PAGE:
In this story, Picoult explores the many faces and levels of racism - from overt, in-your-face examples to the subtle, institutionalized forms. Picoult's tendency and ability to write from opposing perspectives has always amazed me - but this book of hers left me in awe. She focuses on two primary narratives: a white supremacist who is openly prejudice and a black nurse who has spent her life building a career and a family.
Ruth, the nurse who has established herself in a world with largely a white affluent construction, has dealt with institutionalized racism her entire life. For instance, although she is older and more experienced, people assume that she is an assistant. Similarly, while she was attending Yale, Ruth carried a mug with the university's label just to send the message to onlookers that she could be and was part of their world. Picoult does an incredible job of illustrating how privilege is a part of a system where those who are, are heedless and unaware of their status. In the case of Ruth, she experiences things that white people do not have to face on a daily basis. Personally, as a white reader, this story consistently pushed me to identify and to recognize my privilege. Chapter after chapter, I would set my book down and ponder what I could do differently to be a better citizen. It also pushed me to help break down my own stereotypes that have been a bi-product of the world in which I have grown up.
In a much more direct manner, Turk, the white-supremacist, also demonstrates that racism is often construed as an intense hatred. Honestly, these chapters left me in chills and in absolute disgust sometimes. But through these chapters, Picoult was also able to shape his perspective in a true and honest way. For me, it was very similar to the movie American History X, where overarching generalizations and hatred is rooted from single experiences and differences. However, I think it was vital for Picoult to show the many ways race plays into society - intentionally, systematically and historically. Many of us think that we are not racist because we do not act deliberately. Therefore, our definition of “racists” becomes people who are outwardly hateful. This was a very important lesson this book conveyed, for racism exists on a wide spectrum - ranging from hate groups to institutionalized racism and daily experiences.
“Small Great Things” got me thinking and hasn't stopped since. It has pushed me to reconsider how I perceive society and how I interact with it. It has made me ask myself how I can try to be a better advocate and it has also motivated me to speak up when I see or hear racial jokes, or inaccuracies.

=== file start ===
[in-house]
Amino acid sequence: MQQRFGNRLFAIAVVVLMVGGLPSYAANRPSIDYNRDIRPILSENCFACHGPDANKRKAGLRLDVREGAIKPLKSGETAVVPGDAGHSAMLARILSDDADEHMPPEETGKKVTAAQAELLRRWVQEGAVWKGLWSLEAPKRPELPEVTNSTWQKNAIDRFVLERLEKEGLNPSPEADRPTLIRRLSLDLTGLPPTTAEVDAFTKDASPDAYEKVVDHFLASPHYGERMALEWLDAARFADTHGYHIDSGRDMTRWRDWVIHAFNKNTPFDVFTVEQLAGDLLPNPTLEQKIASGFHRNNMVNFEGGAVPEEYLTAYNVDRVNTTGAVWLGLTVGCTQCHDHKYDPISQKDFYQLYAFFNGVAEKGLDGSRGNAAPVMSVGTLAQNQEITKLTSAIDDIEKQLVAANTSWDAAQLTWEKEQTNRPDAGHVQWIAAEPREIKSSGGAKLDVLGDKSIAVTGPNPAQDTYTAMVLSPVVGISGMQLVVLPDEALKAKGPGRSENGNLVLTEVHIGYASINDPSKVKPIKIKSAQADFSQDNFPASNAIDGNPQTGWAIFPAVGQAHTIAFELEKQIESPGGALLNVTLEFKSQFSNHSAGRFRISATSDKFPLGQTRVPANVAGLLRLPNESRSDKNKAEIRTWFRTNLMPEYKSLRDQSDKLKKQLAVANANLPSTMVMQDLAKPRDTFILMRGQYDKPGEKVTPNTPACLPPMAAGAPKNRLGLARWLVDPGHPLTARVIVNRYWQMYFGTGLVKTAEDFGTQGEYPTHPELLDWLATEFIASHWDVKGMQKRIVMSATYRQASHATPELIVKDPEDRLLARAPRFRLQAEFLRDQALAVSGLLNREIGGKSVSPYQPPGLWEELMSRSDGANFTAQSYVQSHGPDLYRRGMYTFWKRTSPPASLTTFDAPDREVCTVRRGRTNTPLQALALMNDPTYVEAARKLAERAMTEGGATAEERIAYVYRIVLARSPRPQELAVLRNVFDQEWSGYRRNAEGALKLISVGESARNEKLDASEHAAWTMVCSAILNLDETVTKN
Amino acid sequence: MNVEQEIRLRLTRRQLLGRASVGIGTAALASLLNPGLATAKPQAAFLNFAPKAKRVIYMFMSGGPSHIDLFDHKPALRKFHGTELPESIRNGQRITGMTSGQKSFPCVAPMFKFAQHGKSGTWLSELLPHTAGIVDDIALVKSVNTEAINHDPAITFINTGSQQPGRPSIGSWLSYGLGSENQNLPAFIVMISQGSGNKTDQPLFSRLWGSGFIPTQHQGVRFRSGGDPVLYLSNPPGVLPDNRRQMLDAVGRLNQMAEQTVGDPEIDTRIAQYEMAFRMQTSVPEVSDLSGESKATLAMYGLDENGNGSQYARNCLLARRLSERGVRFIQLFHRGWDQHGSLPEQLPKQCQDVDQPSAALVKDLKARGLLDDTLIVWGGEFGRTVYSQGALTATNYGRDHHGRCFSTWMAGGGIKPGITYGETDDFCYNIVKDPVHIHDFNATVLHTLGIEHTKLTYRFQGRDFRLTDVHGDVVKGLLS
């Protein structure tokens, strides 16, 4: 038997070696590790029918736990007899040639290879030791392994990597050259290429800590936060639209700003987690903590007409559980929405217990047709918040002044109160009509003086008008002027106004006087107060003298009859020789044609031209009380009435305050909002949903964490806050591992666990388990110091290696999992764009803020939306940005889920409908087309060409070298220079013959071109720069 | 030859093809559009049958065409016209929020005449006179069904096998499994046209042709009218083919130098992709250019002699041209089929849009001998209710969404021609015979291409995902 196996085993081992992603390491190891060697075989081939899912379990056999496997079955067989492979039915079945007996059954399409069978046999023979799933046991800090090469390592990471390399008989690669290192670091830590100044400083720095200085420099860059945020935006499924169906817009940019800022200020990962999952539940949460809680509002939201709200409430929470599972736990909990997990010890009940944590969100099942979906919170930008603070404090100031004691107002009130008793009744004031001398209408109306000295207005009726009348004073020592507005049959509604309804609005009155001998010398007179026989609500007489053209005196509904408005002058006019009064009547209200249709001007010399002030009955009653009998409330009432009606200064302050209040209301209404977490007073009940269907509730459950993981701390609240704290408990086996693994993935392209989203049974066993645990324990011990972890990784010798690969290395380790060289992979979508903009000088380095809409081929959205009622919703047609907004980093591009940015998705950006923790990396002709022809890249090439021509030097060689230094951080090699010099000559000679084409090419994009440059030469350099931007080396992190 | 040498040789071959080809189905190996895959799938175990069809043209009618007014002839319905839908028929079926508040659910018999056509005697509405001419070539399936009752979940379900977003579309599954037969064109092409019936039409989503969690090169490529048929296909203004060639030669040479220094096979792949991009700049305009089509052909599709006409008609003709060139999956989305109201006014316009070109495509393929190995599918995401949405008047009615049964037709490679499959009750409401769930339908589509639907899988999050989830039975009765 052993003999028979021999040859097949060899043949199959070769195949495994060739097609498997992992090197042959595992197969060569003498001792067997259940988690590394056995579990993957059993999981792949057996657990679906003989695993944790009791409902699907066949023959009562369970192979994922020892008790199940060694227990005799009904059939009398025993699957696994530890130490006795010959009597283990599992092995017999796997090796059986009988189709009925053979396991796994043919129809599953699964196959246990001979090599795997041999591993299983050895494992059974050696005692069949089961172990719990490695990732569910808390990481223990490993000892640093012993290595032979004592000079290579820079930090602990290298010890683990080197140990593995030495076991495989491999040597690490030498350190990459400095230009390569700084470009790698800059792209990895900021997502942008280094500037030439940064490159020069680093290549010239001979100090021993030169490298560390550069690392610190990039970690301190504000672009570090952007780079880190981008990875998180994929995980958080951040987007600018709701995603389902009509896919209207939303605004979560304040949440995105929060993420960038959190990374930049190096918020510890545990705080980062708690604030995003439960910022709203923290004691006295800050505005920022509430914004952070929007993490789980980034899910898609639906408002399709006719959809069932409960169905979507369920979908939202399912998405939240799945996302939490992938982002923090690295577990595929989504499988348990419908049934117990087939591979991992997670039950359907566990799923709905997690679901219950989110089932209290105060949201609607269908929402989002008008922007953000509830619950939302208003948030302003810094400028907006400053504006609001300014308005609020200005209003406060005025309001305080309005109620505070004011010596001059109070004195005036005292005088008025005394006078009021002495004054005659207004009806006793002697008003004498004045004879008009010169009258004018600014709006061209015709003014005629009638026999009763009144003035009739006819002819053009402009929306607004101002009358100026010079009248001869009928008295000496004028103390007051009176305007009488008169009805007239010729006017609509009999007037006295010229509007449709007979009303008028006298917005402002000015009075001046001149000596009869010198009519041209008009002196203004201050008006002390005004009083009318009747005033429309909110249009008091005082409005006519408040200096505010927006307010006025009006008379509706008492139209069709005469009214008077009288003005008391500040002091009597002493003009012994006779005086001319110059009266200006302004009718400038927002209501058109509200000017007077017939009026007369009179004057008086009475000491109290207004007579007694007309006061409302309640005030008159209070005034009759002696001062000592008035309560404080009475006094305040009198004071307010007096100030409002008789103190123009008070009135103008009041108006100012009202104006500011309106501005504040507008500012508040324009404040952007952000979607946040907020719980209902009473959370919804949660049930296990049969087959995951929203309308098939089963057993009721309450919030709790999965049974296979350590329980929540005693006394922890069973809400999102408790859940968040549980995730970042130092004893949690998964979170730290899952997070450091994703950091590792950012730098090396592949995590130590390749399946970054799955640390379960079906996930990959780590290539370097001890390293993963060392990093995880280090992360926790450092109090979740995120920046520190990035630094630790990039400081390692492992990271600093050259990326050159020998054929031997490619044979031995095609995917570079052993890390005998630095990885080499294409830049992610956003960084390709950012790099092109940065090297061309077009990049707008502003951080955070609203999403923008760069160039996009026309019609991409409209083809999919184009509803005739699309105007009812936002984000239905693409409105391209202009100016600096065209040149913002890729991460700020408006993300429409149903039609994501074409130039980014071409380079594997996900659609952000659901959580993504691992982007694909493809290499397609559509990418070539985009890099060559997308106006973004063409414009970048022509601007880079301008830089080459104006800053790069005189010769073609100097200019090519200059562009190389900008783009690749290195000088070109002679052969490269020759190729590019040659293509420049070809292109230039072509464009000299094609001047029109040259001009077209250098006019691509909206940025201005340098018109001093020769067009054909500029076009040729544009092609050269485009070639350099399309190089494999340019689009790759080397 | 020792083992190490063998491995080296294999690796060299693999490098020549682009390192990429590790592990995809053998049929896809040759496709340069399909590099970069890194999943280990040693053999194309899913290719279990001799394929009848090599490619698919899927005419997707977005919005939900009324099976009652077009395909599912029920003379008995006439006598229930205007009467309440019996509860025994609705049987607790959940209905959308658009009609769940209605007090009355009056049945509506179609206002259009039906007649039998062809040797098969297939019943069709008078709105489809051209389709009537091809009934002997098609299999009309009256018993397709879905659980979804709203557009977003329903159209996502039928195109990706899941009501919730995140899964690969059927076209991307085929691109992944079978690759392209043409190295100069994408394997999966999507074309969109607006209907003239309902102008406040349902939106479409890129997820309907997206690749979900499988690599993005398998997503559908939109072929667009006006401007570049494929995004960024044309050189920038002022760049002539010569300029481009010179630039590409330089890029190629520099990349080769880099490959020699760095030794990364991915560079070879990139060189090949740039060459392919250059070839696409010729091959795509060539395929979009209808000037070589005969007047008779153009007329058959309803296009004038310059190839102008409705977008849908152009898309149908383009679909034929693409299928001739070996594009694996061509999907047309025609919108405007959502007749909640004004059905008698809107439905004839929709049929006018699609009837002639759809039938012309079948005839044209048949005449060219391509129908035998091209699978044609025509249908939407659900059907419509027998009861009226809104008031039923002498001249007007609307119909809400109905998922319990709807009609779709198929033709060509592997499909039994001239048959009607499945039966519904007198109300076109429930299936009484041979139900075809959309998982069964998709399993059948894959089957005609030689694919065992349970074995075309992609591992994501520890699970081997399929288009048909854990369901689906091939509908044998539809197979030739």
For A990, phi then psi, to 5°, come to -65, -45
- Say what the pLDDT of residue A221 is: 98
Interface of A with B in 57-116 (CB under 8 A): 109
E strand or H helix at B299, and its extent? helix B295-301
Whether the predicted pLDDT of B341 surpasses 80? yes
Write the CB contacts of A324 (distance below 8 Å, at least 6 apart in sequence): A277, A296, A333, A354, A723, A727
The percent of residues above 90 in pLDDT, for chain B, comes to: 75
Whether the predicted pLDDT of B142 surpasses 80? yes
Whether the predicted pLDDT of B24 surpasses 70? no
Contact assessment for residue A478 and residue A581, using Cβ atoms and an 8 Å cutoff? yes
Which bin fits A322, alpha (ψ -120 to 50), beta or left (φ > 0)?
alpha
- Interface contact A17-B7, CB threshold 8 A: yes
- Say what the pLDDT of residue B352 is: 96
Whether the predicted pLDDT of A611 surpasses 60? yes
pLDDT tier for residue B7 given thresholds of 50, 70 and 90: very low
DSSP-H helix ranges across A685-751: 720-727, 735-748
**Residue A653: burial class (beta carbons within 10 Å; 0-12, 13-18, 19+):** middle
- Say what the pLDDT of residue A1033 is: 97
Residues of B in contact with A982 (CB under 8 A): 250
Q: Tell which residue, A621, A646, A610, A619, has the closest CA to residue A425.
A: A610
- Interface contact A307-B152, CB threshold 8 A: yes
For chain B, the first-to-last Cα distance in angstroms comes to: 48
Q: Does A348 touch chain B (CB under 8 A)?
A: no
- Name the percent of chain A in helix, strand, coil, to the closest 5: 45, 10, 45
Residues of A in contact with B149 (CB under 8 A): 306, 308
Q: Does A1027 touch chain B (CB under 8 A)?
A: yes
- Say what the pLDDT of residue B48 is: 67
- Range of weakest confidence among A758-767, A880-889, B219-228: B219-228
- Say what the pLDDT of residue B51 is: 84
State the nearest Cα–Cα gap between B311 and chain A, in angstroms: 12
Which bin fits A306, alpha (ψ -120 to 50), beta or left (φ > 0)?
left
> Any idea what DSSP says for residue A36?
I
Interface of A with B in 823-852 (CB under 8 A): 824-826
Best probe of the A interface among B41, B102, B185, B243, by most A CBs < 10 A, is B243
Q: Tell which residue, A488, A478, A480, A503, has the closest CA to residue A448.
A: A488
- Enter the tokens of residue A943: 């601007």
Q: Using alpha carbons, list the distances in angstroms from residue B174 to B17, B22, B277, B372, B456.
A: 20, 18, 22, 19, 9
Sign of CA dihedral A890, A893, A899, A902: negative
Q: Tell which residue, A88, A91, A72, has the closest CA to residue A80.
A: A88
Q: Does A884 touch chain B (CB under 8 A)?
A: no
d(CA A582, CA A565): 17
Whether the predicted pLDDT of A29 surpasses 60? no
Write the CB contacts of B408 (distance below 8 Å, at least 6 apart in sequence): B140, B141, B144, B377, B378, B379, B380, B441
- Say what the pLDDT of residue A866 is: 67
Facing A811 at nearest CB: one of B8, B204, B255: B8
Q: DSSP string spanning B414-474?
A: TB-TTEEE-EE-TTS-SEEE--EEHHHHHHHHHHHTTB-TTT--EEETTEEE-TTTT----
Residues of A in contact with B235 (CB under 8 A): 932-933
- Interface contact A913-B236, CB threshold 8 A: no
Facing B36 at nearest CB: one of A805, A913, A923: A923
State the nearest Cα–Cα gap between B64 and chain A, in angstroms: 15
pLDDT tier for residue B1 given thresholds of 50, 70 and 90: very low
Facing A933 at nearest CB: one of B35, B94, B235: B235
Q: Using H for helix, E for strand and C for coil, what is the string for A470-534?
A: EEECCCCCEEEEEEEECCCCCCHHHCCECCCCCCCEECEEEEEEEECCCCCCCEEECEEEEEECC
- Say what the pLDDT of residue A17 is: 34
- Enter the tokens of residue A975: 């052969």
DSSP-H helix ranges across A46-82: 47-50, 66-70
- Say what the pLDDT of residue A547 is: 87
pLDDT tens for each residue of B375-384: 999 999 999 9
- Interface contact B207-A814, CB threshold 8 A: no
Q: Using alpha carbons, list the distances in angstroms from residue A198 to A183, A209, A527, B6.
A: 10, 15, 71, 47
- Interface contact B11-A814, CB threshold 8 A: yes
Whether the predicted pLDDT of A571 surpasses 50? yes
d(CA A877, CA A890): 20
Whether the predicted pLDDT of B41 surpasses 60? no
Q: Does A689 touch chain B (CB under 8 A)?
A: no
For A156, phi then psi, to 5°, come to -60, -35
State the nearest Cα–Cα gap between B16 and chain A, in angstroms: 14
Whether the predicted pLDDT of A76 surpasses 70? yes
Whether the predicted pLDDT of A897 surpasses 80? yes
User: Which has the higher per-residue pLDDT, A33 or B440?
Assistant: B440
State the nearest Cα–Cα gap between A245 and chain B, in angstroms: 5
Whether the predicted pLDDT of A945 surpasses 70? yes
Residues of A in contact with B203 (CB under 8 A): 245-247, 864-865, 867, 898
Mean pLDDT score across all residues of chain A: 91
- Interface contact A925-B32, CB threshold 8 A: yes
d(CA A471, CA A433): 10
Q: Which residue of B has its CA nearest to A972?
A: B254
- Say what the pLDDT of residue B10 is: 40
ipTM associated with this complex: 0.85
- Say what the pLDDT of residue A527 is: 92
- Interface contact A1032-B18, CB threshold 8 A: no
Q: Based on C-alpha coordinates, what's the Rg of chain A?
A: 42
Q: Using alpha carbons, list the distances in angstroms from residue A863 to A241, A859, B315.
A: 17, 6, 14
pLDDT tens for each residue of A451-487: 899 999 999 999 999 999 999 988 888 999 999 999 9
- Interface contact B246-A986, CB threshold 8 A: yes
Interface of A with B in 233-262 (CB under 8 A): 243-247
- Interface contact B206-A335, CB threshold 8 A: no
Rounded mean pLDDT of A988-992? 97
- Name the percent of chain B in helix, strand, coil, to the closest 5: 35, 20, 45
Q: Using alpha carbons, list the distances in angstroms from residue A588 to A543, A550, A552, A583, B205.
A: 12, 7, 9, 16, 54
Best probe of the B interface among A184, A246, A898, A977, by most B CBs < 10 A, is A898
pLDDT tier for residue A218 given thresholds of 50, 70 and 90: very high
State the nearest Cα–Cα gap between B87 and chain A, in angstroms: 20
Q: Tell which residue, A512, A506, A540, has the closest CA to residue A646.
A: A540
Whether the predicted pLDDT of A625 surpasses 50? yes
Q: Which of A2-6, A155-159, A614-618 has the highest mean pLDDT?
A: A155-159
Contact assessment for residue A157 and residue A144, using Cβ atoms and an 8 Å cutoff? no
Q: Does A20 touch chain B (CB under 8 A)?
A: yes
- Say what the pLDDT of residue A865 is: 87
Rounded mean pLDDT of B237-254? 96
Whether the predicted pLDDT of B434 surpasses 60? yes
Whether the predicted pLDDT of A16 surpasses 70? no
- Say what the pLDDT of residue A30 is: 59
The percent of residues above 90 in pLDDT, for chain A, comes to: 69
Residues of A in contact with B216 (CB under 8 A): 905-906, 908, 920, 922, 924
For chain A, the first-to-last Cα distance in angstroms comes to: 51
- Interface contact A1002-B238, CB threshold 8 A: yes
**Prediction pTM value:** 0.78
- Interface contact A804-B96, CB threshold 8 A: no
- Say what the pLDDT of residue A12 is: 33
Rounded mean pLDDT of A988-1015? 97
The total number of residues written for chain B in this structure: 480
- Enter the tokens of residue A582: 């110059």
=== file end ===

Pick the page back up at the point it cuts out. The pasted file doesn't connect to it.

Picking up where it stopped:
It is a book that should be read, especially now. In a time where our political landscape is largely based on populist thoughts and fear of others and their differences, “Small Great Things” explores our shared experiences we have as humans. Picoult illustrates the compassion humans have and the ability people possess to not only recreate themselves, but to also do some small great things.
Paula McLain’s, Circling the Sun, conveys the beautiful and detailed tale of one young woman’s life. McLain vividly paints the the Kenyan sky, elaborately drawing the landscape with her words in such a way that makes it nearly tangible to the reader.
British bred Beryl Markham grows up in Kenya - a place where the land is her playground. Abandoned by her mother and brother, she is raised by the native Kipsigis Tribe, her father and their horses. In a non-conventional manner, Beryl receives an education through experience, adventure and play. Her unique adolescence shapes her into a tenacious, captivating young woman, who seeks adventure, loves fully and embraces the unknown. Beryl’s world is turned upside down when she must attend formal schooling. Not soon after, her young adult life begins with a series of tumultuous relationships and conventional rules Beryl simply cannot conform to. Motherless, she is ill-prepared and lacking guidance as she struggles to map out the role women play in colonial Kenya in the 1920’s. Interestingly enough, this book - contrary to many colonial books of this nature- focuses on white women residing in Kenya, rather than the Kenyan colonial struggle itself.
In one light, Beryl is consumed by the traditional ways and so, she marries. However, she soon realizes the weight and personal incompatibility marriage bears. And so, she chooses to fulfill her long-awaited dream of becoming a horse trainer. In another light, Beryl is a fearless pioneer. Throughout her entire life, she constantly defied the customs that dictated it. Whether it was working as a female, training horses, flying planes or simply having lovers as opposed to being someone’s wife, Beryl erected the life that she wanted - and not anyone else. Written beautifully, Beryl’s accomplishments literally and figuratively fly off the page in this historical piece.
Circling the Sun, is a compelling adventure of trials, love, and perseverance. Brazen Beryl Markham pushes life to its limits in the most raw and fervent of courses. Her never-ending pursuit for greatness is garrisoned by her lust for adventure and her unshakable will.